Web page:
Tuesday, February 11, 2014

"Let's Rock" and the Julius La Rosa Story


The 1958 film "Let's Rock" is undoubtedly the finest film ever to feature someone fired live on the air by Arthur Godfrey.

All right, so that's a very limited category -- this is a very limited movie. It's one of those drive-in quickies with a plot so lightweight that the script was printed on Kleenex. Several times during the movie, things screech to a halt so that the hottest rock group of that day can lip-sync to its latest 45. The sets are roughly the size of someone's basement, and most scenes look like they were shot in one take.

And yet, "Let's Rock" offers something kind of unusual -- a long look at Julius La Rosa.

La Rosa was a popular crooner in the 1950s, with a clear, pleasant voice in the manner of Tony Bennett or Perry Como. He had his own short-lived TV show and appeared on all the big variety shows of the day.

And he was the guy who helped trigger the downfall of Arthur Godfrey. More about that in a minute.

La Rosa is the star of "Let's Rock," playing, basically, himself. He's a popular singer named Tommy Adano whose gold records are all ballads. But 1958 is not a ballad age -- it is the age of Elvis, Jerry Lee Lewis and Chuck Berry. Tommy is reminded of it every time he turns on the TV!

"Rock and roll is here to stay," says Tommy's agent Charlie (Conrad Janis). "Do I have to spell it out for you?"

"No, I know how to spell it," Tommy replies. "L-O-U-S-Y."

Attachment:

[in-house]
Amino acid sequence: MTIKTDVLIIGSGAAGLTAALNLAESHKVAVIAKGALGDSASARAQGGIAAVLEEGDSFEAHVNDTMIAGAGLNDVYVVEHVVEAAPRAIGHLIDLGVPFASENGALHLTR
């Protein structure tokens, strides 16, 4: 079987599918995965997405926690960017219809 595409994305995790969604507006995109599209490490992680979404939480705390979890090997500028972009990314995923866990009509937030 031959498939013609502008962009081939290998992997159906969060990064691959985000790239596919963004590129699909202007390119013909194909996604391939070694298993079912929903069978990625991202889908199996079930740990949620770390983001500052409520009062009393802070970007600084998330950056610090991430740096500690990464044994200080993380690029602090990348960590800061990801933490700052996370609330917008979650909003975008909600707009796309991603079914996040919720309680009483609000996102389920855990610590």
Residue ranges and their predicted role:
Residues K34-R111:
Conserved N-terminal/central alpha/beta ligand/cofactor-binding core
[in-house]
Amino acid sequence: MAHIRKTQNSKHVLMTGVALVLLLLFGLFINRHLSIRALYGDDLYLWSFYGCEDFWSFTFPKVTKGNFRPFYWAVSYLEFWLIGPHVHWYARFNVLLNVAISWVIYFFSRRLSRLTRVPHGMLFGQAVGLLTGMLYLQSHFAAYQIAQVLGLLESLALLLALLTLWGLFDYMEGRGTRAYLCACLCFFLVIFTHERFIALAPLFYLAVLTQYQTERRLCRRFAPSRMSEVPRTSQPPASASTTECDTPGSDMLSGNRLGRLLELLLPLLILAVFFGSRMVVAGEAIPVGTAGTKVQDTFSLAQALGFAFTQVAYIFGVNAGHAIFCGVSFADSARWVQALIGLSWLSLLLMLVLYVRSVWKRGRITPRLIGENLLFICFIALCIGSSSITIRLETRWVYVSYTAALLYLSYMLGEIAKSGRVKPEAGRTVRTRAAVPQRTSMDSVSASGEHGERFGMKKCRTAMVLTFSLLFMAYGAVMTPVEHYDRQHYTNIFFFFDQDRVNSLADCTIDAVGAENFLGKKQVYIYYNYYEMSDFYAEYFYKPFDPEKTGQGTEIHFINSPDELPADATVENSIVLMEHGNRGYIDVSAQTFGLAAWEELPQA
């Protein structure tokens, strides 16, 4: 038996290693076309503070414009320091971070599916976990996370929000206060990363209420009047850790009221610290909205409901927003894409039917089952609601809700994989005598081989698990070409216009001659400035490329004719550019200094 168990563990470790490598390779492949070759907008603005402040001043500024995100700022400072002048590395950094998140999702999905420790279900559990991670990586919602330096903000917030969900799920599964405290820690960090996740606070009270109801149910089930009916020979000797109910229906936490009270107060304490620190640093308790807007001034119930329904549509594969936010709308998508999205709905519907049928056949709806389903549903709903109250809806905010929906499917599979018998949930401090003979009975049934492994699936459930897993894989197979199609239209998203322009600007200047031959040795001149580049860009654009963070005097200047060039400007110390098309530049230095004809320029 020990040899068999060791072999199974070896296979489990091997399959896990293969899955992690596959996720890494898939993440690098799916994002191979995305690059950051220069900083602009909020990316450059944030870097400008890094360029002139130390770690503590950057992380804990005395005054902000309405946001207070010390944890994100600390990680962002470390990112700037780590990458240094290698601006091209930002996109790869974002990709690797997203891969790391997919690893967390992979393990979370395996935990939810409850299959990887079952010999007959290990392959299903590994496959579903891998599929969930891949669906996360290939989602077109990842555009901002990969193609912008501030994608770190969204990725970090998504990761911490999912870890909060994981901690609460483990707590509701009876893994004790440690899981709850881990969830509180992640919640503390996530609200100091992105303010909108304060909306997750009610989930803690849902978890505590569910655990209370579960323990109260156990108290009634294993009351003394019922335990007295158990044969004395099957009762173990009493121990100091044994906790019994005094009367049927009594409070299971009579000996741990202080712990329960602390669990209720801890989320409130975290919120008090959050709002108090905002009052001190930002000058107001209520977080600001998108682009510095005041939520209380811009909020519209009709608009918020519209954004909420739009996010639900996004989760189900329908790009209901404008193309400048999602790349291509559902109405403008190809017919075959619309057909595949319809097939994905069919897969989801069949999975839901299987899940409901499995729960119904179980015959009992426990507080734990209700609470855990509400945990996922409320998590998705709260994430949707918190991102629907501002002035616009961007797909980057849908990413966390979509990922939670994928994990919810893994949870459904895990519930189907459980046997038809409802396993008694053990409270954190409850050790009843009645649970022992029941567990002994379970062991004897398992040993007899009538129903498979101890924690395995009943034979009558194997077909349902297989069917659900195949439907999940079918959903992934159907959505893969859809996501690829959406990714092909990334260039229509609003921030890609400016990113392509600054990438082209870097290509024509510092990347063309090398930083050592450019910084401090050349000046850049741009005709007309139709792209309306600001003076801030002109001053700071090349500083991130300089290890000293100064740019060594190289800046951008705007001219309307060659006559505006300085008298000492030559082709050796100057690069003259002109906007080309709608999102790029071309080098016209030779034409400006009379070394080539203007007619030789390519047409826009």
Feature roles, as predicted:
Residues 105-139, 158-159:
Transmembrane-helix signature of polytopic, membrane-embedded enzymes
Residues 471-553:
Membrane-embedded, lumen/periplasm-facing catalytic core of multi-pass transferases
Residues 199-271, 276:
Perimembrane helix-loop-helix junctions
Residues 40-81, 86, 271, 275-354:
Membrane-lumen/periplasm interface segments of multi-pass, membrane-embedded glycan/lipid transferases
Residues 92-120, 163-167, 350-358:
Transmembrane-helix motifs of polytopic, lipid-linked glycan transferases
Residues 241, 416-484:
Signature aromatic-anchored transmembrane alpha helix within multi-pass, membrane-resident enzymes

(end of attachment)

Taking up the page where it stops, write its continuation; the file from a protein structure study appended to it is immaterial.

When Tommy appears on a TV variety show and is overshadowed by Paul Anka (as himself, lip-syncing his latest hit), his dilemma is vividly demonstrated. Screaming teenagers swamp Anka at the stage door while Tommy and his manager stand alone. Until:



Tommy is approached by Kathy Abbott (Phyllis Newman), a fan, but also a songwriter. She has written the song that is on the flipside of Tommy's latest flop. Tommy thinks she is a "kook," but there's a spark there.

Meanwhile, Tommy mopes around, watching from the wings while upstarts like Danny and the Juniors (singing their hit "At the Hop") eat his lunch. The sorrowful look on Tommy's face seems pretty realistic -- this is the same problem that La Rosa was facing at this point in his career.

Tommy's groupie doesn't seem unbalanced at all!
Tommy asks Kathy to help cheer him up, but she can't get off work. So he goes home with a rather offbeat groupie, but he escapes from her clutches before any harm is done. He and Kathy reunite, and she convinces him to try a rock-and-roll song called "Crazy, Crazy Party." All is well.

"Let's Rock" features plenty of artifacts from the late 1950s, including performances by Anka, Della Reese and Roy Hamilton. It even gives us Wink Martindale as himself! (This was from his deejay days, before he became the host of the 1970s game show "Gambit.")

This was also one of Newman's few movie roles -- she was much better known on Broadway (she would win a Tony Award in 1963) and on TV, where she was a semi-regular on New York-based game shows like "To Tell the Truth" and "What's My Line?" She was married to composer-screenwriter Adolph Green (of Comden and Green) from 1960 until his death in 2002.    

And the movie also features a bit of New York City location shooting, including a scene at Central Park where Newman and La Rosa are clearly freezing to death. It's kind of sweet, and their scenes together have a nice, ad-libbed quality -- the movie doesn't make a big deal about it, but Kathy is smarter than Tommy. Still, "Let's Rock" is decidedly in a minor key.

Now to La Rosa's story -- and it's a story that, at first, prominently features Arthur Godfrey.